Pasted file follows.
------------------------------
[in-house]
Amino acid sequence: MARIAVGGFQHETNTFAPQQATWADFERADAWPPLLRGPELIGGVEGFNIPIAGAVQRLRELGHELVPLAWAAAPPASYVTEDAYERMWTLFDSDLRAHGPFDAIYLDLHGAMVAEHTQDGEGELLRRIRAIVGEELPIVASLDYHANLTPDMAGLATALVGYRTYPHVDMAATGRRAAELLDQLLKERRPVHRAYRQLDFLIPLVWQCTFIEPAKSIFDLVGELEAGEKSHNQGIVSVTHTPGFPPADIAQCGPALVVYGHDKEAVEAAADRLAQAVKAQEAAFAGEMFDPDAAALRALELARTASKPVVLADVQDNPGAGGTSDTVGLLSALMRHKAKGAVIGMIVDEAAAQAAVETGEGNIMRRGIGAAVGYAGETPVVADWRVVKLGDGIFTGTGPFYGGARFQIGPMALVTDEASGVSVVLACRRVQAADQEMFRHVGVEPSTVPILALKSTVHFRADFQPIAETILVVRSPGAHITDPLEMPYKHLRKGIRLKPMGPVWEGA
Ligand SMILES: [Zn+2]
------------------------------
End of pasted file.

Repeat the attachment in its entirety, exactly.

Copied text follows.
[in-house]
Amino acid sequence: MARIAVGGFQHETNTFAPQQATWADFERADAWPPLLRGPELIGGVEGFNIPIAGAVQRLRELGHELVPLAWAAAPPASYVTEDAYERMWTLFDSDLRAHGPFDAIYLDLHGAMVAEHTQDGEGELLRRIRAIVGEELPIVASLDYHANLTPDMAGLATALVGYRTYPHVDMAATGRRAAELLDQLLKERRPVHRAYRQLDFLIPLVWQCTFIEPAKSIFDLVGELEAGEKSHNQGIVSVTHTPGFPPADIAQCGPALVVYGHDKEAVEAAADRLAQAVKAQEAAFAGEMFDPDAAALRALELARTASKPVVLADVQDNPGAGGTSDTVGLLSALMRHKAKGAVIGMIVDEAAAQAAVETGEGNIMRRGIGAAVGYAGETPVVADWRVVKLGDGIFTGTGPFYGGARFQIGPMALVTDEASGVSVVLACRRVQAADQEMFRHVGVEPSTVPILALKSTVHFRADFQPIAETILVVRSPGAHITDPLEMPYKHLRKGIRLKPMGPVWEGA
Ligand SMILES: [Zn+2]